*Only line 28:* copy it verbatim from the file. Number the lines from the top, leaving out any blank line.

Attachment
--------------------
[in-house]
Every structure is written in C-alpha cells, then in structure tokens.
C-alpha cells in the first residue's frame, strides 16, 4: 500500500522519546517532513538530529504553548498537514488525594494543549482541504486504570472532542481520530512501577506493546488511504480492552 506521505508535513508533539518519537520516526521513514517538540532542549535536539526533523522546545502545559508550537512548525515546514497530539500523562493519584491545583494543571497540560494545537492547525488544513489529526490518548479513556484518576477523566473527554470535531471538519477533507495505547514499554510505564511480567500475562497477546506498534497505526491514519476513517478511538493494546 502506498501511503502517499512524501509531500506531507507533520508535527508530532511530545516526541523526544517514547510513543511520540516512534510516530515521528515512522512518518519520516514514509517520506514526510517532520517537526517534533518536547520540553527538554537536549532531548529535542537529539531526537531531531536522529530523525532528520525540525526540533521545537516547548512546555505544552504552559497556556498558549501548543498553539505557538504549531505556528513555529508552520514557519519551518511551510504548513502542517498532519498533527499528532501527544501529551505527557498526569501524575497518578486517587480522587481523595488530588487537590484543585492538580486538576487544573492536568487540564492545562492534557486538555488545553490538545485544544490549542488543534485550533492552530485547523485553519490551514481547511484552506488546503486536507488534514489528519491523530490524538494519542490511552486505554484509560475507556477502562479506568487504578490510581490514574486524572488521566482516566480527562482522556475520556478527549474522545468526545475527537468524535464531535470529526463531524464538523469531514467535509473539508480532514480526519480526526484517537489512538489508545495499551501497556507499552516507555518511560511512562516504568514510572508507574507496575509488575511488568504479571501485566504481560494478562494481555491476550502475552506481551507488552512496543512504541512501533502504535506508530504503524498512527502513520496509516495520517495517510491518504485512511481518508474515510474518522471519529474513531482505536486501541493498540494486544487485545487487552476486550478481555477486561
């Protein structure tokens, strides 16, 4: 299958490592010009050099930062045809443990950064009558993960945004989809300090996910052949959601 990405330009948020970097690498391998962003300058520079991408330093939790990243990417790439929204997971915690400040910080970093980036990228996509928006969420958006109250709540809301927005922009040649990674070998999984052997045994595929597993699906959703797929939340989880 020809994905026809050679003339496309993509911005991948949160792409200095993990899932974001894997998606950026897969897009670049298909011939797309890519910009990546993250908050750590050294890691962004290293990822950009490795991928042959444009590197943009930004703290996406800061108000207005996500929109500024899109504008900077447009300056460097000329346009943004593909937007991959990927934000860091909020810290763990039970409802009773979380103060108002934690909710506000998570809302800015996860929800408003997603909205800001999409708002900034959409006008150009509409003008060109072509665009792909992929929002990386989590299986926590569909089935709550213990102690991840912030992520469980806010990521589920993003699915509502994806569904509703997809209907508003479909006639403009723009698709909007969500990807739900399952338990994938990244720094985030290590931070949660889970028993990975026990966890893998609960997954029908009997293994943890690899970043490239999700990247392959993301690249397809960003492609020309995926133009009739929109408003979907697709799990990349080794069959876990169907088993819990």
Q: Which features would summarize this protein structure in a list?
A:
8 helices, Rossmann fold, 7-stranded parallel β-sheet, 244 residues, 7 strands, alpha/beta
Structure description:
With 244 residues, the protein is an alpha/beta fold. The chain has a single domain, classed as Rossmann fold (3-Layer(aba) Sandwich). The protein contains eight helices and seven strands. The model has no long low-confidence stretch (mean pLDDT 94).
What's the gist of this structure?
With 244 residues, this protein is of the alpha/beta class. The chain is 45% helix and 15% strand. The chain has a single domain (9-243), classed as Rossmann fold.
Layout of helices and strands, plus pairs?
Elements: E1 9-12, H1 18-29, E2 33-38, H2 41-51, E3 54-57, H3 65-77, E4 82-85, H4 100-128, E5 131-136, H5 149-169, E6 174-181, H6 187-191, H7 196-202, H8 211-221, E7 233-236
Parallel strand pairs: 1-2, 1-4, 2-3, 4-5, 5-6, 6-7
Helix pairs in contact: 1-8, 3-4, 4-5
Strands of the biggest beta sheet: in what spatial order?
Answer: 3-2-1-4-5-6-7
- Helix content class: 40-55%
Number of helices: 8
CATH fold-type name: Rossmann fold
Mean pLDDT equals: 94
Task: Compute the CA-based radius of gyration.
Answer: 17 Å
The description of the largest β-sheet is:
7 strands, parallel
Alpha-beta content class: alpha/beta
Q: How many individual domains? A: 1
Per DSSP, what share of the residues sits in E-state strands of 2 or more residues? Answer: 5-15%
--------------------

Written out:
Per DSSP, what share of the residues sits in E-state strands of 2 or more residues? Answer: 5-15%